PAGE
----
On appeal from the Superior Court, Appellate Division.
For affirmance -- Chief Justice Vanderbilt, and Justices Wachenfeld, Burling and Jacobs. For reversal -- Justice Oliphant. The opinion of the court was delivered by Wachenfeld, J.
The Appellate Division reversed the judgment of the trial court entered in favor of defendant on a jury verdict of no cause of action in an automobile accident case. The cause was remanded for a new trial, but we granted certification on the defendant's petition. Ford v. Reichert, 22 N.J. 269 (1956).
On February 9, 1954 plaintiff was a passenger in the defendant's automobile en route to their place of employment. The car skidded on an icy pavement and slewed off the roadway, hitting a stop sign and tree. The plaintiff was seriously injured.
Upon trial the plaintiff contended he was riding with defendant as an invitee by reason of a car pool agreement in effect for nearly two years prior to the accident. The defendant maintained, however, this arrangement had terminated some time earlier and that the plaintiff was a mere licensee since he had requested a ride on the morning the accident occurred, his car being unavailable.
Driving conditions were admittedly dangerous and defendant's negligence was said to consist in accelerating to pass another car on a bend in the road, which caused his automobile to skid. The defendant's explanation was that he merely encountered an icy patch which he was unable to observe and that he used every accepted measure in attempting to regain control of the car. He also interposed the affirmative defense of assumption of the risk.
The defendant testified on direct examination that at 7:30 A.M. he had received a telephone call from plaintiff requesting transportation. In order to provoke an amplification of this testimony, defendant was then shown a statement he had previously made to an investigator containing some additional information.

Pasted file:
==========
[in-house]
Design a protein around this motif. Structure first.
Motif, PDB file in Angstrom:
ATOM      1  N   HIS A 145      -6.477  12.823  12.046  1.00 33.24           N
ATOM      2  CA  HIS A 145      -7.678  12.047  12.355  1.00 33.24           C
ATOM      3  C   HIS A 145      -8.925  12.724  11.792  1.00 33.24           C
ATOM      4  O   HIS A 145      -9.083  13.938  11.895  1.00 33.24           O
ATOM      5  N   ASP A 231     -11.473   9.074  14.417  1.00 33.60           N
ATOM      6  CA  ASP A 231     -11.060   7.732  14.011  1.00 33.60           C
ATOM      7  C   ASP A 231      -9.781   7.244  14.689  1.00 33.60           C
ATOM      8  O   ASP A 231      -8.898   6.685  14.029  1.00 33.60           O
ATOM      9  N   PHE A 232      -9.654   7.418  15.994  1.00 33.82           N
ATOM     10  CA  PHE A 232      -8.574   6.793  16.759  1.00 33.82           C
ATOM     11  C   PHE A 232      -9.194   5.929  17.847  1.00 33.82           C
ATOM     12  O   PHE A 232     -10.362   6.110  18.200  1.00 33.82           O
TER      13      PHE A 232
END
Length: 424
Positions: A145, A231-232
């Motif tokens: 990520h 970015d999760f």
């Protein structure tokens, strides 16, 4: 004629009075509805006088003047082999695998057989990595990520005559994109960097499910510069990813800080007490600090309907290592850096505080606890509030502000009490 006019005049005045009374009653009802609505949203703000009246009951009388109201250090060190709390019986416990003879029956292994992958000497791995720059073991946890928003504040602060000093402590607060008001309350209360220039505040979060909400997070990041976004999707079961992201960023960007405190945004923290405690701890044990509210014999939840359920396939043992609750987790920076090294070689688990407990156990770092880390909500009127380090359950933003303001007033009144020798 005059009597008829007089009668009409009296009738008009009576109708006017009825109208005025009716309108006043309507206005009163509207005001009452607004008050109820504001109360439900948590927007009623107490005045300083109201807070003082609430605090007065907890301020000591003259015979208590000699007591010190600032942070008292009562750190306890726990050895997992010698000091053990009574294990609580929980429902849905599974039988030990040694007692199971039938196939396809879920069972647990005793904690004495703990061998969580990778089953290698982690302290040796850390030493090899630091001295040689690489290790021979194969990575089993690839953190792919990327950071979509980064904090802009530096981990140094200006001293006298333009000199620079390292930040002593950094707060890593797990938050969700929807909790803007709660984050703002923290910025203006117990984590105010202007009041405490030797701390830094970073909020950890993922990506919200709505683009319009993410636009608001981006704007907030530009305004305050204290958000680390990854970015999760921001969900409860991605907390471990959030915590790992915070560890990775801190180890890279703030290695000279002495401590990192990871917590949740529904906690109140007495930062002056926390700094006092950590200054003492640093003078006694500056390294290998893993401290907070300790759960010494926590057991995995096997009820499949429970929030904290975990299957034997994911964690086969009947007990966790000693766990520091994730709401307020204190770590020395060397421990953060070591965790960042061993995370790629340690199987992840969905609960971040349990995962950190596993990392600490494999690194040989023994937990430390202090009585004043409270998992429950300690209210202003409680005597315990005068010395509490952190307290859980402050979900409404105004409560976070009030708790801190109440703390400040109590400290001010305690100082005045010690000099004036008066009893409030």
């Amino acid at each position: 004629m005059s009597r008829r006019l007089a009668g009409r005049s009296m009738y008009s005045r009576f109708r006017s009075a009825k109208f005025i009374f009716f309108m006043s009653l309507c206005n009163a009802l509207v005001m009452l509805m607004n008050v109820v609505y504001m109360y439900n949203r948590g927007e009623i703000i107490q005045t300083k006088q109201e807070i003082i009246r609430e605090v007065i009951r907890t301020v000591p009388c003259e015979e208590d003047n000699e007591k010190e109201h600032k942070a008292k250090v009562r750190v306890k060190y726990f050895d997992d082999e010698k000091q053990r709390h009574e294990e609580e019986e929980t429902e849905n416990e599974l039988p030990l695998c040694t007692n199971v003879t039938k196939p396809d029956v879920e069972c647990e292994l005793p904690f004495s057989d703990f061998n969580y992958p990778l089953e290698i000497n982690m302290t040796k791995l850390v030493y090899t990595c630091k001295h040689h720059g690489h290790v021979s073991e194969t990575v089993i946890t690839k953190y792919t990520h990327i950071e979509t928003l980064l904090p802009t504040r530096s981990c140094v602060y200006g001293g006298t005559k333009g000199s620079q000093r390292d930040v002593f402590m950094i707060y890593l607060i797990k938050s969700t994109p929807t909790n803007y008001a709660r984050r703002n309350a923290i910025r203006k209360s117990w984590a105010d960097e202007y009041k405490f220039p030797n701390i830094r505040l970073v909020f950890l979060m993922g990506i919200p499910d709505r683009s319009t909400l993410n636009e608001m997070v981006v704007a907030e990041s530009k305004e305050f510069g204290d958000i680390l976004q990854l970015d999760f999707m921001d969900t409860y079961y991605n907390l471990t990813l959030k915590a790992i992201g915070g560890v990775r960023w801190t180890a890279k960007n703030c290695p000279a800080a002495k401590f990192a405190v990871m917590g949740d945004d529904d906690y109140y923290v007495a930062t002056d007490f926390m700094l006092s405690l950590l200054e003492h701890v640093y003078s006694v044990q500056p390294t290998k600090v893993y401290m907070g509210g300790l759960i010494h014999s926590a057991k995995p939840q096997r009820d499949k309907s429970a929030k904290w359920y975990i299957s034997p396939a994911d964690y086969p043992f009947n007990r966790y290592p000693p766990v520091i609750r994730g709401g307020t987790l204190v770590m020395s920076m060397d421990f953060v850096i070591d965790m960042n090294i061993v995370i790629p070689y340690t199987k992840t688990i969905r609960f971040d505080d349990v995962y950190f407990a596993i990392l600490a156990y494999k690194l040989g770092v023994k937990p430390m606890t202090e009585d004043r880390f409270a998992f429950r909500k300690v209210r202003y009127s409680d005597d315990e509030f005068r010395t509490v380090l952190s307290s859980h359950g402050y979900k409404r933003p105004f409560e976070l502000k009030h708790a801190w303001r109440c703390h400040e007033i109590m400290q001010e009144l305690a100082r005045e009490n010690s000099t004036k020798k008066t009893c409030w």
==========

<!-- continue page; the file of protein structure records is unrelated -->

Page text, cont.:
Objection was made to the use of the statement for the purpose of refreshing the recollection of the defendant as to the events preceding the ride. The objection was overruled, and this was cited as prejudicial error in the appeal to the Appellate Division. The memorandum in question is supposed
to bear on the issue of whether the plaintiff was an invitee or licensee.
The Appellate Division found no error, holding permission to use the statement to stimulate the defendant's memory with regard to forgotten portions of the plaintiff's telephone conversation was appropriately granted within the trial judge's discretion. Its employment was under the rule concerning "present recollection refreshed." The statement itself was not introduced into evidence nor were its contents submitted to the jury.
The disposition in this respect is no longer the subject of controversy as it is not before us on the pending appeal, both sides apparently being satisfied with the ruling made.
After having so determined, however, the Appellate Division on its own motion invoked R.R. 1:5-3(c), our rule on plain error applied to the lower appellate tribunal by R.R. 2:5, and reversed the judgment rendered because there was error, even though not called to the court's attention, in the trial judge's (1) charge on contributory negligence because it was not an issue raised by the pleadings or pretrial order; (2) charge on two different occasions as to the ...